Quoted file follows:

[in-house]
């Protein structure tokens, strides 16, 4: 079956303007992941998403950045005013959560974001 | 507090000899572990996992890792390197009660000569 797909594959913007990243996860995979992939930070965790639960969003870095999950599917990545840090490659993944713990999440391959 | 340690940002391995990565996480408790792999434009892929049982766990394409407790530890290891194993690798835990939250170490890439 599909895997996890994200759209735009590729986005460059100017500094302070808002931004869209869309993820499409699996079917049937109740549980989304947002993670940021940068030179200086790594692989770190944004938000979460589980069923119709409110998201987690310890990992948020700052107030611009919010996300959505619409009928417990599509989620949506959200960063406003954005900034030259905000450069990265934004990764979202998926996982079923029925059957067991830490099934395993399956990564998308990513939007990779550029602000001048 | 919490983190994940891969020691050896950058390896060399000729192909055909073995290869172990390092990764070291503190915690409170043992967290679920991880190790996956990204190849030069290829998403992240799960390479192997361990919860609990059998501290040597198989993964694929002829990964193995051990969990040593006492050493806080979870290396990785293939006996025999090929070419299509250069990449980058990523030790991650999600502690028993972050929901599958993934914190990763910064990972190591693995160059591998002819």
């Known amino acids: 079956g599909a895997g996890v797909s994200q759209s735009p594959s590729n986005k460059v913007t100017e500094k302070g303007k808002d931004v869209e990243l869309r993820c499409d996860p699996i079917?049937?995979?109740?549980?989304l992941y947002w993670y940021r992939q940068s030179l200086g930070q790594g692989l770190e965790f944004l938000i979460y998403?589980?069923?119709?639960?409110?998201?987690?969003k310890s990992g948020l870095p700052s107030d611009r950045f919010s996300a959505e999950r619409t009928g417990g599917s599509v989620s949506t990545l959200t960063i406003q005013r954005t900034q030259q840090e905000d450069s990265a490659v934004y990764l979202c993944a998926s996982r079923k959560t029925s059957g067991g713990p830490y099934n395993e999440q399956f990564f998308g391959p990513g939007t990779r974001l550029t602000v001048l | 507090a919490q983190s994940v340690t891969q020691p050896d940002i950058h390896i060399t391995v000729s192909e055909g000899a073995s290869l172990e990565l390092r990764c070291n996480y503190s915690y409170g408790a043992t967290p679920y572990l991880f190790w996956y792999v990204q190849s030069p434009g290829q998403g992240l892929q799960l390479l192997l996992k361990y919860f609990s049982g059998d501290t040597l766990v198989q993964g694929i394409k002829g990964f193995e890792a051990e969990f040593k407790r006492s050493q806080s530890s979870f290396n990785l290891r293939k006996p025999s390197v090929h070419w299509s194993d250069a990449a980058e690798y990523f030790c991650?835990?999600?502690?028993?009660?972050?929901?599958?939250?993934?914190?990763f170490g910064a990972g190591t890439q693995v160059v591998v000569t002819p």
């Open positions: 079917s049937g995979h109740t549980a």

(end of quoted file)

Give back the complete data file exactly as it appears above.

[in-house]
């Protein structure tokens, strides 16, 4: 079956303007992941998403950045005013959560974001 | 507090000899572990996992890792390197009660000569 797909594959913007990243996860995979992939930070965790639960969003870095999950599917990545840090490659993944713990999440391959 | 340690940002391995990565996480408790792999434009892929049982766990394409407790530890290891194993690798835990939250170490890439 599909895997996890994200759209735009590729986005460059100017500094302070808002931004869209869309993820499409699996079917049937109740549980989304947002993670940021940068030179200086790594692989770190944004938000979460589980069923119709409110998201987690310890990992948020700052107030611009919010996300959505619409009928417990599509989620949506959200960063406003954005900034030259905000450069990265934004990764979202998926996982079923029925059957067991830490099934395993399956990564998308990513939007990779550029602000001048 | 919490983190994940891969020691050896950058390896060399000729192909055909073995290869172990390092990764070291503190915690409170043992967290679920991880190790996956990204190849030069290829998403992240799960390479192997361990919860609990059998501290040597198989993964694929002829990964193995051990969990040593006492050493806080979870290396990785293939006996025999090929070419299509250069990449980058990523030790991650999600502690028993972050929901599958993934914190990763910064990972190591693995160059591998002819």
């Known amino acids: 079956g599909a895997g996890v797909s994200q759209s735009p594959s590729n986005k460059v913007t100017e500094k302070g303007k808002d931004v869209e990243l869309r993820c499409d996860p699996i079917?049937?995979?109740?549980?989304l992941y947002w993670y940021r992939q940068s030179l200086g930070q790594g692989l770190e965790f944004l938000i979460y998403?589980?069923?119709?639960?409110?998201?987690?969003k310890s990992g948020l870095p700052s107030d611009r950045f919010s996300a959505e999950r619409t009928g417990g599917s599509v989620s949506t990545l959200t960063i406003q005013r954005t900034q030259q840090e905000d450069s990265a490659v934004y990764l979202c993944a998926s996982r079923k959560t029925s059957g067991g713990p830490y099934n395993e999440q399956f990564f998308g391959p990513g939007t990779r974001l550029t602000v001048l | 507090a919490q983190s994940v340690t891969q020691p050896d940002i950058h390896i060399t391995v000729s192909e055909g000899a073995s290869l172990e990565l390092r990764c070291n996480y503190s915690y409170g408790a043992t967290p679920y572990l991880f190790w996956y792999v990204q190849s030069p434009g290829q998403g992240l892929q799960l390479l192997l996992k361990y919860f609990s049982g059998d501290t040597l766990v198989q993964g694929i394409k002829g990964f193995e890792a051990e969990f040593k407790r006492s050493q806080s530890s979870f290396n990785l290891r293939k006996p025999s390197v090929h070419w299509s194993d250069a990449a980058e690798y990523f030790c991650?835990?999600?502690?028993?009660?972050?929901?599958?939250?993934?914190?990763f170490g910064a990972g190591t890439q693995v160059v591998v000569t002819p």
């Open positions: 079917s049937g995979h109740t549980a």